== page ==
LAST week I represented the South West at the launch of the National Deaf Children’s Society’s (NDCS) ‘My Life, My Health’ campaign, writes Lucy Armstrong, aged 15.

I’m a member of NDCS’s Youth Advisory Board (YAB) and was delighted to be picked as one of two main presenters for the launch.

‘My Life, My Health’ is a new initiative to improve deaf young people’s experiences of health and well-being services.

I am hearing impaired and wear two hearing aids and am aiming to ‘spread the word’ about young people and deafness.

At the launch campaign in central London, I met Paralympic medallist Ben Rushgrove and discussed with him not only his sporting career, but also the challenges he has faced in his life.

He was once told that he wouldn’t be able to walk or talk – and now he is living the dream that he always wanted.

Each deaf young person has different experiences, preferences and different access to services and therefore the campaign has been split into three areas.

Deaf Awareness: How deaf aware are health professionals? Including topics such as health appointments and understanding information and having the confidence to say if they didn’t.

Access to Information: How deaf young people can find information and access services to make life easier.

Independence: Growing up to be responsible for yourself. (A lot of deaf people still would rather go to the doctor with parents and rely on them for communication support.

During the launch young people used a range of concepts to describe the challenges they face.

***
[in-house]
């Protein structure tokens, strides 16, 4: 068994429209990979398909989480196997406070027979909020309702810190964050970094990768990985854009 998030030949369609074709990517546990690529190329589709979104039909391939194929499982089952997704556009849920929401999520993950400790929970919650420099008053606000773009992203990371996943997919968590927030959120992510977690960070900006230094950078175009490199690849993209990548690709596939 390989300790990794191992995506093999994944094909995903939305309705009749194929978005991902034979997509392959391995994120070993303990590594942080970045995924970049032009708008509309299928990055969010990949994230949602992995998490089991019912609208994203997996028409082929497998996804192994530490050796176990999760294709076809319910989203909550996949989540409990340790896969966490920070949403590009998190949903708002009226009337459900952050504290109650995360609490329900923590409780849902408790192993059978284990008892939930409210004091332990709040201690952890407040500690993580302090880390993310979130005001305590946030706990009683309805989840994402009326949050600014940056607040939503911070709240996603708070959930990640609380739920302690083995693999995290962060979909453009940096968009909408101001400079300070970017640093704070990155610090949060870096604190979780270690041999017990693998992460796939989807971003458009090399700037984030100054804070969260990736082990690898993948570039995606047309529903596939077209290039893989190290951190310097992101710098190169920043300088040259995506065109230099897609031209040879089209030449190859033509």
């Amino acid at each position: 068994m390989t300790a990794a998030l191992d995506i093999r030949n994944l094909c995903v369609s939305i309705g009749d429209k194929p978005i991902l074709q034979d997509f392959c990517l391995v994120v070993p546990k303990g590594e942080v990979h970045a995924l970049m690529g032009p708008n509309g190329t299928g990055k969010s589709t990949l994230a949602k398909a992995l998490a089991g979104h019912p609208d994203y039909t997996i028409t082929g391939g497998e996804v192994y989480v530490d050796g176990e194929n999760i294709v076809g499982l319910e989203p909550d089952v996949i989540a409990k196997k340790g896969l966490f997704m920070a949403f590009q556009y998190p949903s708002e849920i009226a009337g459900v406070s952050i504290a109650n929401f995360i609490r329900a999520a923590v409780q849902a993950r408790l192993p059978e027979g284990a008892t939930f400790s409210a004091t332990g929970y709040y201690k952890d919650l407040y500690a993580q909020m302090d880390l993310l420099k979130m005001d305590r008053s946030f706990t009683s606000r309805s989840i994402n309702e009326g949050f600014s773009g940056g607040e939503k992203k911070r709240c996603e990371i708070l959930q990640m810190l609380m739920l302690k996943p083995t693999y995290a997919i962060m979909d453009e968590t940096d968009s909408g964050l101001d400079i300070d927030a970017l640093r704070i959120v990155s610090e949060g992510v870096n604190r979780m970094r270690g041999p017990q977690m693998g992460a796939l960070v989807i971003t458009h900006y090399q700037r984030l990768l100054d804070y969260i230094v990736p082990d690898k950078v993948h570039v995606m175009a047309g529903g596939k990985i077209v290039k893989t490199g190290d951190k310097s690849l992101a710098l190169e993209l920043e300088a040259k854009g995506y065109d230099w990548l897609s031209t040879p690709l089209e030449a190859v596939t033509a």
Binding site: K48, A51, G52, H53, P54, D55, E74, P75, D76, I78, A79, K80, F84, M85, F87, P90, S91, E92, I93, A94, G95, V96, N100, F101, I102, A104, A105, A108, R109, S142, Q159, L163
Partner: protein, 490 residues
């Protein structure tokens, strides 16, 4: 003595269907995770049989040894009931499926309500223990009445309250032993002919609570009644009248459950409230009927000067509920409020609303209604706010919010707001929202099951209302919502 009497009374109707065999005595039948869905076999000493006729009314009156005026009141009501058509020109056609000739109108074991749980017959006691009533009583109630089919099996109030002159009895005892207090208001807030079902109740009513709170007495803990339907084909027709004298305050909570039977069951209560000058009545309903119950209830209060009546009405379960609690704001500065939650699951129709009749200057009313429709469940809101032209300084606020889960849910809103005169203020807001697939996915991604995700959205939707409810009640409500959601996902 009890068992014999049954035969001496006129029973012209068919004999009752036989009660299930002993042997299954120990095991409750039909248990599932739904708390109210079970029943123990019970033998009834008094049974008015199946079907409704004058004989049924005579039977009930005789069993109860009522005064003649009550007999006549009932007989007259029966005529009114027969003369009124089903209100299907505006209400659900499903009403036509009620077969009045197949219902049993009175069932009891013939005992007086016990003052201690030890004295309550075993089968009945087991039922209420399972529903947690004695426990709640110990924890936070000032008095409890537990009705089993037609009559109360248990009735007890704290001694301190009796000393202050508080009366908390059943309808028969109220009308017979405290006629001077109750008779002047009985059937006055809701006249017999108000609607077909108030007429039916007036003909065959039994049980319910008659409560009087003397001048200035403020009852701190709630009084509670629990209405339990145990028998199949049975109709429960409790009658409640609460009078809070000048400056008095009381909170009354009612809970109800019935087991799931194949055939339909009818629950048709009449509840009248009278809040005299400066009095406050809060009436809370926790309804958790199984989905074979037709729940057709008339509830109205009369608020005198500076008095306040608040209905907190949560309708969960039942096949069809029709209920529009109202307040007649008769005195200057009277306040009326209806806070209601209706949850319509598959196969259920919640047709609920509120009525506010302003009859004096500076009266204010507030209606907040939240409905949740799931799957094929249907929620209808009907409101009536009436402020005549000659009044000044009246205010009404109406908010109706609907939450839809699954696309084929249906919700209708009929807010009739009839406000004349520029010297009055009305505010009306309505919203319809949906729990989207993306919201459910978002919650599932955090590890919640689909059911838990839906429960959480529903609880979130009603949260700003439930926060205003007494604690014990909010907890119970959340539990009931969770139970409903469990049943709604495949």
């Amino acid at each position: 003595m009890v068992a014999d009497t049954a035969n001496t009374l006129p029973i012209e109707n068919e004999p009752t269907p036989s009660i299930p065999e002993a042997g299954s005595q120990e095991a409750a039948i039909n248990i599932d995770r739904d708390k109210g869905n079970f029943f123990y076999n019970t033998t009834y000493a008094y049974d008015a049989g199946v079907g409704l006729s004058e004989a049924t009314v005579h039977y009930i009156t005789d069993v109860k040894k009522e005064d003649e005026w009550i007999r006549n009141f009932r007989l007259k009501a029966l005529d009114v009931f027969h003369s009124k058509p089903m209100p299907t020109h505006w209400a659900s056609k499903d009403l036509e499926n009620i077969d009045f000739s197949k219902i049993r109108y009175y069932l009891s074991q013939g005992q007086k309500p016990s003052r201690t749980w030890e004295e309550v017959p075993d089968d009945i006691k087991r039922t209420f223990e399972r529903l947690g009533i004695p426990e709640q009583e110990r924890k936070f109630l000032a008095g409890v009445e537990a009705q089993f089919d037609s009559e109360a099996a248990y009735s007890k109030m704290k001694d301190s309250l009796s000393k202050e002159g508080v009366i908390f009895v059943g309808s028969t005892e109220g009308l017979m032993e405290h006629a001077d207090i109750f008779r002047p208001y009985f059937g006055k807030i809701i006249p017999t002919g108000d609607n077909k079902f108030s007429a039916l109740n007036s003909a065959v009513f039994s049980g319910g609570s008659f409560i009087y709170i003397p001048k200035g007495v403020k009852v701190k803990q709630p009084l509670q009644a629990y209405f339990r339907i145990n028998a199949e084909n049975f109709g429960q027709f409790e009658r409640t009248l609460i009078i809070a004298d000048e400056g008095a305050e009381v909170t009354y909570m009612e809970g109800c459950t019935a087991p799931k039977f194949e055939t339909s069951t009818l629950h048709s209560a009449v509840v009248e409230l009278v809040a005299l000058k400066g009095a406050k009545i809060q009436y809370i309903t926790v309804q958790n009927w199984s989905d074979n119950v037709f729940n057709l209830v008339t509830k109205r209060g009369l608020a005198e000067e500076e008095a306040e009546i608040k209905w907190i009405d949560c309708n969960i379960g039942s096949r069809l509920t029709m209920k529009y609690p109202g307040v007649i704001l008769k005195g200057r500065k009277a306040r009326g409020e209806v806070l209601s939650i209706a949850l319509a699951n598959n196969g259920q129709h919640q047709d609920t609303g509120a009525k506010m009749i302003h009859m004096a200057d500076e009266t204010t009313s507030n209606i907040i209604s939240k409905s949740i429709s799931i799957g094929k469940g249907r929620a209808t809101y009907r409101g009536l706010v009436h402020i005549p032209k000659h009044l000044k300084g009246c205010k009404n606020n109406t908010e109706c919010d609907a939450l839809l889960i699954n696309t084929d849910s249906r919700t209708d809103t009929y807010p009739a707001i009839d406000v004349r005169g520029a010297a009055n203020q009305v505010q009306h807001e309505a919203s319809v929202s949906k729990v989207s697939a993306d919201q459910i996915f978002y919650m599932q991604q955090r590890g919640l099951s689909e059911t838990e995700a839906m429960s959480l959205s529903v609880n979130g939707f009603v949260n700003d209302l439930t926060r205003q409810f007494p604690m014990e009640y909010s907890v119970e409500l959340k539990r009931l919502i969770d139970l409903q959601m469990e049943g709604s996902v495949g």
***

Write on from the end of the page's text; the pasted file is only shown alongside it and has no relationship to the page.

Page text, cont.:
One YAB member described it like a game of Snakes and Ladders – the snakes being the setbacks and the ladders the glimmers of hope, the support, and pockets of inspiration from others.

As part of the campaign, my family and I took part in a short video to highlight these challenges. The video can be found at on You Tube by searching ‘my deaf teenager and the doctor’ on the National Deaf Children’s Society page.

Every day there are people facing challenges, big or small. However, deaf young people face even bigger challenges, some so big they are hard to overcome.

It has been great to be involved in a project that will help raise the awareness of deaf young people and change attitudes for the future.

The launch of ‘My Life, My Health’ marked the end of my 18-month tenure as a member of the National Deaf Children Society’s YAB, but I hope to continue championing the campaign through my role as Chairperson of the Dorchester Youth Council and as a young advisor to the Dorset Deaf Children’s Society.

n Lucy Read, head of Children and Young People’s Participation, said: “Deaf young people like Lucy have the right to high quality, accessible health care.

“Our findings indicate that a lack of accessible services means deaf teenagers often struggle to understand what is happening to them during an appointment, or they are forced to rely on their families to access basic information about their health, even into adulthood.”